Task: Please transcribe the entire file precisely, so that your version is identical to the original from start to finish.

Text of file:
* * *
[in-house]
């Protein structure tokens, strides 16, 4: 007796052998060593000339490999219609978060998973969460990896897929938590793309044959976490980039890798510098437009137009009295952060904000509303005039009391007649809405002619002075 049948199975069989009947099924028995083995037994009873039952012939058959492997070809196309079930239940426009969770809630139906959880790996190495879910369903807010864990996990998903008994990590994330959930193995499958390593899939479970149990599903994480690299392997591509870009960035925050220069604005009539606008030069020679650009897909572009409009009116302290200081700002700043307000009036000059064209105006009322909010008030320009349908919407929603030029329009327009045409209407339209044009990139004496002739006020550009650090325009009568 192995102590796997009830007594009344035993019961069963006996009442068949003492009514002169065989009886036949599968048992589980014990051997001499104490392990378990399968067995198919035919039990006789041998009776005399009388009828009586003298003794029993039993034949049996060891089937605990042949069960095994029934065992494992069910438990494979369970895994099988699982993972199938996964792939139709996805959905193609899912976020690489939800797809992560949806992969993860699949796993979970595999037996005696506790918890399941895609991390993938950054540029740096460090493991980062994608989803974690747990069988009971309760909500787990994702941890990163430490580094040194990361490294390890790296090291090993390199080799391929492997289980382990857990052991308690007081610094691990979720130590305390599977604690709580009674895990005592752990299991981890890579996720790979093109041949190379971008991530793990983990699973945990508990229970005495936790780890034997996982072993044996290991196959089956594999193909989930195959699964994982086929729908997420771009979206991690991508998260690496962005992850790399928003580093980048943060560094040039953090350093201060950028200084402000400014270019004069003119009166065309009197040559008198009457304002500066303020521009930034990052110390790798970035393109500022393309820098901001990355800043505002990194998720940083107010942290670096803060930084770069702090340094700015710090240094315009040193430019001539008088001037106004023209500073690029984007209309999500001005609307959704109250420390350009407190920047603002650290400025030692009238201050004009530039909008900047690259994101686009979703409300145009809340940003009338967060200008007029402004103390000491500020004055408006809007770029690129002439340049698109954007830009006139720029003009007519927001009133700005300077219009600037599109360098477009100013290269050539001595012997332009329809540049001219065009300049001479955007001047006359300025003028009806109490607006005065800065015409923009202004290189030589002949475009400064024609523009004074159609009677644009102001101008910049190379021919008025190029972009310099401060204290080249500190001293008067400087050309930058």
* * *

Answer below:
[in-house]
């Protein structure tokens, strides 16, 4: 007796052998060593000339490999219609978060998973969460990896897929938590793309044959976490980039890798510098437009137009009295952060904000509303005039009391007649809405002619002075 049948199975069989009947099924028995083995037994009873039952012939058959492997070809196309079930239940426009969770809630139906959880790996190495879910369903807010864990996990998903008994990590994330959930193995499958390593899939479970149990599903994480690299392997591509870009960035925050220069604005009539606008030069020679650009897909572009409009009116302290200081700002700043307000009036000059064209105006009322909010008030320009349908919407929603030029329009327009045409209407339209044009990139004496002739006020550009650090325009009568 192995102590796997009830007594009344035993019961069963006996009442068949003492009514002169065989009886036949599968048992589980014990051997001499104490392990378990399968067995198919035919039990006789041998009776005399009388009828009586003298003794029993039993034949049996060891089937605990042949069960095994029934065992494992069910438990494979369970895994099988699982993972199938996964792939139709996805959905193609899912976020690489939800797809992560949806992969993860699949796993979970595999037996005696506790918890399941895609991390993938950054540029740096460090493991980062994608989803974690747990069988009971309760909500787990994702941890990163430490580094040194990361490294390890790296090291090993390199080799391929492997289980382990857990052991308690007081610094691990979720130590305390599977604690709580009674895990005592752990299991981890890579996720790979093109041949190379971008991530793990983990699973945990508990229970005495936790780890034997996982072993044996290991196959089956594999193909989930195959699964994982086929729908997420771009979206991690991508998260690496962005992850790399928003580093980048943060560094040039953090350093201060950028200084402000400014270019004069003119009166065309009197040559008198009457304002500066303020521009930034990052110390790798970035393109500022393309820098901001990355800043505002990194998720940083107010942290670096803060930084770069702090340094700015710090240094315009040193430019001539008088001037106004023209500073690029984007209309999500001005609307959704109250420390350009407190920047603002650290400025030692009238201050004009530039909008900047690259994101686009979703409300145009809340940003009338967060200008007029402004103390000491500020004055408006809007770029690129002439340049698109954007830009006139720029003009007519927001009133700005300077219009600037599109360098477009100013290269050539001595012997332009329809540049001219065009300049001479955007001047006359300025003028009806109490607006005065800065015409923009202004290189030589002949475009400064024609523009004074159609009677644009102001101008910049190379021919008025190029972009310099401060204290080249500190001293008067400087050309930058």